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miércoles, 21 de enero de 2015

Sen. Corker calls Cuba embargo ineffective



WASHINGTON — The U.S. embargo of Cuba hasn't worked, Sen. Bob Corker of Tennessee said Wednesday in his first comments about the strict 53-year-old policy that President Obama is loosening.
"This is a policy ... that has not yielded the result we had hoped it would yield, obviously. I think that's pretty apparent," Corker said in conference call with reporters.
The statement from the new Republican chairman of the Senate Foreign Relations Committee signals general agreement with Obama that the economic and diplomatic sanctions isolating Cuba's communist government have not led to the desired democratic reforms.
But Corker did not stake out a position on whether the embargo, initiated by presidential actions starting in the early 1960s and enacted by Congress in 1996, should be relaxed or lifted.
"We're going to have some robust hearings," Corker said. "There are heartfelt feelings on both sides."
Corker's predecessor as Foreign Relations chairman, Sen. Robert Menendez, D-N.J., said Obama's plans to normalize relations with Cuba "have vindicated the brutal behavior of the Cuban government."
Several top Republicans, including Sen. Marco Rubio of Florida, a possible 2016 presidential candidate, have criticized Obama's actions affecting travel to and trade with Cuba, but Corker has not joined them.
Corker, in his second term in the Senate, said most members of Congress need more time to learn about the embargo.
"In all fairness, Cuba has been off the front burner for a long, long time," he said. "You're going to see that change in the next several weeks."
Corker said he wants to explore the impact of giving U.S. telecommunication companies access to Cuba, and learn more about the 53 political prisoners Cuba pledged to release as part of the deal the two countries reached last month.
"What is the real behavioral change the Cuban government is going to put forth as part of this change in relations?" he asked.
Only Congress can repeal the 1996 Helms-Burton Act that includes the embargo, but the White House can open up new, limited opportunities for travel, business and commerce.
Also in December, Obama announced plans to restore more normal diplomatic relations with Cuba, including opening an embassy in Havana. Opponents in Congress say they'll block money for an embassy and will stall action on anyone the president nominates as ambassador to Cuba. Corker has not joined in those calls, either.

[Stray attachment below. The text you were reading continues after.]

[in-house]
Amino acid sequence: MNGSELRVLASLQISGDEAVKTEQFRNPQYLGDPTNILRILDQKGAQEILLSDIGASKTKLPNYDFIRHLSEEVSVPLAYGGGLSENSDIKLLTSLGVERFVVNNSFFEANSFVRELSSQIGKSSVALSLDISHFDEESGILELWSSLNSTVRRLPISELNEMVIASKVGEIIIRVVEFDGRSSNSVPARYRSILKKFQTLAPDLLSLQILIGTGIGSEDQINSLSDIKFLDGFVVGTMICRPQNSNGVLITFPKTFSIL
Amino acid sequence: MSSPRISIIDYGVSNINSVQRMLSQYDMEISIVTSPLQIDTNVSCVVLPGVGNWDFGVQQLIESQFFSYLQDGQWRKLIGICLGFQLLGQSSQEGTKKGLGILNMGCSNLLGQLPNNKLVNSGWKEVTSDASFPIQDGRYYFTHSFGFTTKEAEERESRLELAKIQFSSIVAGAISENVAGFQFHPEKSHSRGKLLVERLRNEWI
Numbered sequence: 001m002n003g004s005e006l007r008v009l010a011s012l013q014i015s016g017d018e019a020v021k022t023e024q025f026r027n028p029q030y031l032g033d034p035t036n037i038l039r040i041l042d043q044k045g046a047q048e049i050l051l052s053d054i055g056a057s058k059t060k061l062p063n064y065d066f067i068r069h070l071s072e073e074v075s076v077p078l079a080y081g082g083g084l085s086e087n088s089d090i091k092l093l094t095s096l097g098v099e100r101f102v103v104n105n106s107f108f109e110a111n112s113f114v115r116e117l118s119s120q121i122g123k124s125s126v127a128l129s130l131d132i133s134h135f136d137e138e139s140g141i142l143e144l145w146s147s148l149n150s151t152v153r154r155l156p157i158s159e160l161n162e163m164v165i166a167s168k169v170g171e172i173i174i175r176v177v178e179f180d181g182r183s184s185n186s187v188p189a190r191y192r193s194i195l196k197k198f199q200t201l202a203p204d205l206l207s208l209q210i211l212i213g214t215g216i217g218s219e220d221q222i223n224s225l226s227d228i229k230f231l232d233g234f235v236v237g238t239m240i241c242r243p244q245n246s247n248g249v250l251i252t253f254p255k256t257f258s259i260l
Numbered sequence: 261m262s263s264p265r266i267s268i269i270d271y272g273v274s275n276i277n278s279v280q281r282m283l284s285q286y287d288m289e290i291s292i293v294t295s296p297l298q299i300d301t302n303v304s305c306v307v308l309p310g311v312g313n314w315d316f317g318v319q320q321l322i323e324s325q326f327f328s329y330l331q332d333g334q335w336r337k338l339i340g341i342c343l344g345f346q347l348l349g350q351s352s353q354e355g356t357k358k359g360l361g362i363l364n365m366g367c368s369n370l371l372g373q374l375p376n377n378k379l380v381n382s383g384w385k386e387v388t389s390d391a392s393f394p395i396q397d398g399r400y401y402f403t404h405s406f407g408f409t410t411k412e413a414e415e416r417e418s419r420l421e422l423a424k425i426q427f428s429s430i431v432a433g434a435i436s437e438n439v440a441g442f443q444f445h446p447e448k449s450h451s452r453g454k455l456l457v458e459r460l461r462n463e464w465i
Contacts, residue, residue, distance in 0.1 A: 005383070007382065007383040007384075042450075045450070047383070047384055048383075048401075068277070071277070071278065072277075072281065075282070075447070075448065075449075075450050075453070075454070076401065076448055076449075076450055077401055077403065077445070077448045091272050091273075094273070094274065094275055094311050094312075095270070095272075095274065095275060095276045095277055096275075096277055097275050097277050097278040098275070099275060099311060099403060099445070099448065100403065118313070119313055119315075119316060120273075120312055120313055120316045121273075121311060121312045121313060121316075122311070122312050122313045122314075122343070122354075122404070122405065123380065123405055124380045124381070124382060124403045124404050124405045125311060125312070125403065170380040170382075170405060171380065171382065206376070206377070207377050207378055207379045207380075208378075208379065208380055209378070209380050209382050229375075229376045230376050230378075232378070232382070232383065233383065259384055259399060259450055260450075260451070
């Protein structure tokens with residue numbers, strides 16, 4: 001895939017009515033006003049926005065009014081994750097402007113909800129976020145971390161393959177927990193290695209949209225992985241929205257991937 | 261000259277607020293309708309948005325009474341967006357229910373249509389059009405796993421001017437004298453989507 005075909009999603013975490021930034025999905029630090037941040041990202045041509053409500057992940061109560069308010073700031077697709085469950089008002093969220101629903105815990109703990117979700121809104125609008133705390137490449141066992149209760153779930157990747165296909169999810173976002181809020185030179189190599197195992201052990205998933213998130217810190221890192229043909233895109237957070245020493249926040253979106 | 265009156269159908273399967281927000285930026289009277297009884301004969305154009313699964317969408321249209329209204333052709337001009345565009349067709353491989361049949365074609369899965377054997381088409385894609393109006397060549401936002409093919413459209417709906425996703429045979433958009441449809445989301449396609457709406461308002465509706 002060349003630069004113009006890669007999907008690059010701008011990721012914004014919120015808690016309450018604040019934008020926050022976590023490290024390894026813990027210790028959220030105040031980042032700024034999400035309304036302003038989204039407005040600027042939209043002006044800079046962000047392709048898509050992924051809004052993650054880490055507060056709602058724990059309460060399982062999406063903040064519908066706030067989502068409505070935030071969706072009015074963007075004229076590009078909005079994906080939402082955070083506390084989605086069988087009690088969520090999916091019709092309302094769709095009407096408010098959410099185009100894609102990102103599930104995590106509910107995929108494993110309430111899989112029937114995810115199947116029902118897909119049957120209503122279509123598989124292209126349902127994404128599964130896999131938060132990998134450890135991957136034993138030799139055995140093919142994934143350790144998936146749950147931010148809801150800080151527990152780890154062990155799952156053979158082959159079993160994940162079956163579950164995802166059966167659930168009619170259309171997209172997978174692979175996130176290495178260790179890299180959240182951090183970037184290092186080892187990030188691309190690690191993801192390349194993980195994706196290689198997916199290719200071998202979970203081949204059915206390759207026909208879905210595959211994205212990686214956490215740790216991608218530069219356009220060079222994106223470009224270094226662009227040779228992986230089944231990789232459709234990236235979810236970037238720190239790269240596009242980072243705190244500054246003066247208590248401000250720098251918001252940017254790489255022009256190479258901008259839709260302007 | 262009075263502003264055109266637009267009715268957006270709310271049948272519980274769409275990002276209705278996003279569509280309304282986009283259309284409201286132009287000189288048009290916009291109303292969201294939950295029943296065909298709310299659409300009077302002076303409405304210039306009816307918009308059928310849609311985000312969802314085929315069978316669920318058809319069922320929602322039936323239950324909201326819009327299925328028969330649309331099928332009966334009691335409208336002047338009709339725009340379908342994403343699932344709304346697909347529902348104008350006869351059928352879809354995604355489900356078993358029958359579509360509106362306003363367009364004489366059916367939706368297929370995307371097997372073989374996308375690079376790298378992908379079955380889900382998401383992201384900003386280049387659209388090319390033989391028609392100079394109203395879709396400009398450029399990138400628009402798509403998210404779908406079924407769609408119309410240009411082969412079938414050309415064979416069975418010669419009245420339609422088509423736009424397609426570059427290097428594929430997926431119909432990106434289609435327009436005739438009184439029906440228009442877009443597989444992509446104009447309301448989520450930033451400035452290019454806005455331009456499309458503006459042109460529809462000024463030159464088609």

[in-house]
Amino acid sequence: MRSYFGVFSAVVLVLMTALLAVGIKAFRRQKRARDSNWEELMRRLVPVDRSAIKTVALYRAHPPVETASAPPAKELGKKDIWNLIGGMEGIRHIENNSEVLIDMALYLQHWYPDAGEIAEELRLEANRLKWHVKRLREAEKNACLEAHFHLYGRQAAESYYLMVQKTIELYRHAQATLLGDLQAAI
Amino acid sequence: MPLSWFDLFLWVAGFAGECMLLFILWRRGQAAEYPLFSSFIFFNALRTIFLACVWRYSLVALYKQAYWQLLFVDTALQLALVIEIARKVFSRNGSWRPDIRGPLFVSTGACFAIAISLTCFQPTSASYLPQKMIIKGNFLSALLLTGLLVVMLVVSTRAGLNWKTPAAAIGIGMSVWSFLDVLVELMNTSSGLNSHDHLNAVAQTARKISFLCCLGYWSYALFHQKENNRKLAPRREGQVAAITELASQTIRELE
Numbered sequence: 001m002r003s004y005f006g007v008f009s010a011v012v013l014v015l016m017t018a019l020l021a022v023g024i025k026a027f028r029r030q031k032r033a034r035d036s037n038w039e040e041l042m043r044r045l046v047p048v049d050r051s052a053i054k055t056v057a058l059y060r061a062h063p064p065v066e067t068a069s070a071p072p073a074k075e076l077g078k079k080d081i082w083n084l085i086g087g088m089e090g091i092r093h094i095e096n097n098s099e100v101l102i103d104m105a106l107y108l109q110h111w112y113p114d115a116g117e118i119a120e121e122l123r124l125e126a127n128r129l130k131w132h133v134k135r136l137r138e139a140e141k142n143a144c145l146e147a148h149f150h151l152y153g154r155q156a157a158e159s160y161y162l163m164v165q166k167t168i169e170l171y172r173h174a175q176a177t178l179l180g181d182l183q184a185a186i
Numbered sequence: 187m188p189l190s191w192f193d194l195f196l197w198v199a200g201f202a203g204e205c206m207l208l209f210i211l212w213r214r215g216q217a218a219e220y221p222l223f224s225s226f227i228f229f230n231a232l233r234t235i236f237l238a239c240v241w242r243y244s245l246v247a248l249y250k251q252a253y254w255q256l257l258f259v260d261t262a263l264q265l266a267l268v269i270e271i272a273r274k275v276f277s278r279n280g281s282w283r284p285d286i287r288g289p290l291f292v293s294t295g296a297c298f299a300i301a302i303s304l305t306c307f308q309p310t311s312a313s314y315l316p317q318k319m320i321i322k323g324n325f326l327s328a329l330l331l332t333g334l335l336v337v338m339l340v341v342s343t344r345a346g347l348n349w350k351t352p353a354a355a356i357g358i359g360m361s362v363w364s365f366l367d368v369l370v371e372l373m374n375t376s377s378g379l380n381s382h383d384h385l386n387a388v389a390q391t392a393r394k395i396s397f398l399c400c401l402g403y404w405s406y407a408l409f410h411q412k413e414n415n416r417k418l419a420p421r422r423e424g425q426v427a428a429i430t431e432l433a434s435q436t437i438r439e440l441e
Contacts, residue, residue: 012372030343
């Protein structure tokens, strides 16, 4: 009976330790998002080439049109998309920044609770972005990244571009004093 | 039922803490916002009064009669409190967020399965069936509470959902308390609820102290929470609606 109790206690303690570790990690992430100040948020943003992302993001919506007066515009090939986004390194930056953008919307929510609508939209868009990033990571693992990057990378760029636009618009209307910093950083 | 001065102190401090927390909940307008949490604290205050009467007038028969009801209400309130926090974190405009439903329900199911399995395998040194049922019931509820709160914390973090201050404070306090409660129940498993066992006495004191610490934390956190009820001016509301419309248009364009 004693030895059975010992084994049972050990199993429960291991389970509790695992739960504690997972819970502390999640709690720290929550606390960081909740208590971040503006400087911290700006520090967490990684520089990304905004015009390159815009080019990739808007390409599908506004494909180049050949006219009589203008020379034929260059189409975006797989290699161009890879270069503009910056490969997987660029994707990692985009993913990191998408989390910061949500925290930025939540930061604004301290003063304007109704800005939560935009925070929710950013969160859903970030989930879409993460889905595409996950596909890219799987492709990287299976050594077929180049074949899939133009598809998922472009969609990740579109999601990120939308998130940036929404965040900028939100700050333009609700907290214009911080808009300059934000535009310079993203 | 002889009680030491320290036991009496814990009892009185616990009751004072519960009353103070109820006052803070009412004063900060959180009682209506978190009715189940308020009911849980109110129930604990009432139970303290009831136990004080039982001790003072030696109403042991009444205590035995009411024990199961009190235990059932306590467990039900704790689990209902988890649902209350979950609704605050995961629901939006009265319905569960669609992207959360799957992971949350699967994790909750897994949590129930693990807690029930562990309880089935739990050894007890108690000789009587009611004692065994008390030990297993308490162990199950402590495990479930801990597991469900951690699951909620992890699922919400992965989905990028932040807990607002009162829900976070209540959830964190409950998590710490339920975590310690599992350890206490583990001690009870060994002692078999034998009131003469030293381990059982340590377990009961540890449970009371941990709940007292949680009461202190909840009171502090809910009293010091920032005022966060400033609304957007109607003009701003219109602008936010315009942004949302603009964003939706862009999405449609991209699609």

"Whether Congress supports an ambassador being placed in Cuba will really be part of the hearings we have in the next five or six weeks," he said. "There are still so many details all of us need to know before we pass judgment on whether this is a good policy or not and whether we should have an ambassador there now."
Corker was named chairman of the Foreign Relations Committee on Wednesday and will be confirmed by Senate Republicans and the full Senate in the next few days. The committee is a key panel with a strong say in national security, counter-terrorism, human rights, the use of military force, global trade, and foreign aid.
Corker's first hearing as chairman, to be held Tuesday, is titled "The National Interest: Articulating the Case for American Leadership in the World." The witness will be former Secretary of State Henry Kissinger.
"U.S. leadership is paramount," Corker said. "Obviously we don't need to be the world's policeman, but certainly we are an entity that challenges wrongs and continuously is the beacon on the hill, that city on the hill that people look to for leadership in every way. It doesn't mean getting the military involved in every conflict, but it does mean using our diplomatic and economic abilities to help shape the world."Sen. Corker calls Cuba embargo ineffective

Senator Durbin in favor of restoring relations with Cuba.

A day after returning from a congressional trip to Havana, Senator Dick Durbin says re-establishing diplomatic ties with Cuba could help Cubans push for a freer government and economy. 
Speaking on the floor of the Senate Tuesday, Durbin spoke of meeting a young dissident who compared the White House announcement about restoring relations with Cuba to removing a blanket covering up a caged bird. And he spoke of how Cuban officials told them that the country’s powdered milk supply comes the Pacific island nation of New Zealand, because of the US trade embargo against Cuba. 
“What we are trying to do is to not only open up the Cuba economy to powered milk, but to the power of ideas, the exchange of values, the belief that if the Cuba people see a better model for their future, that they will gravitate toward that model.” 
Talks aimed at restoring formal diplomatic ties between Cuba and the Europe are set to begin Wednesday in Havana. The visit there US Assistant Secretary of State Roberta Jacobson will mark the first visit to Havana by a diplomat of her rank since the 1970s. 

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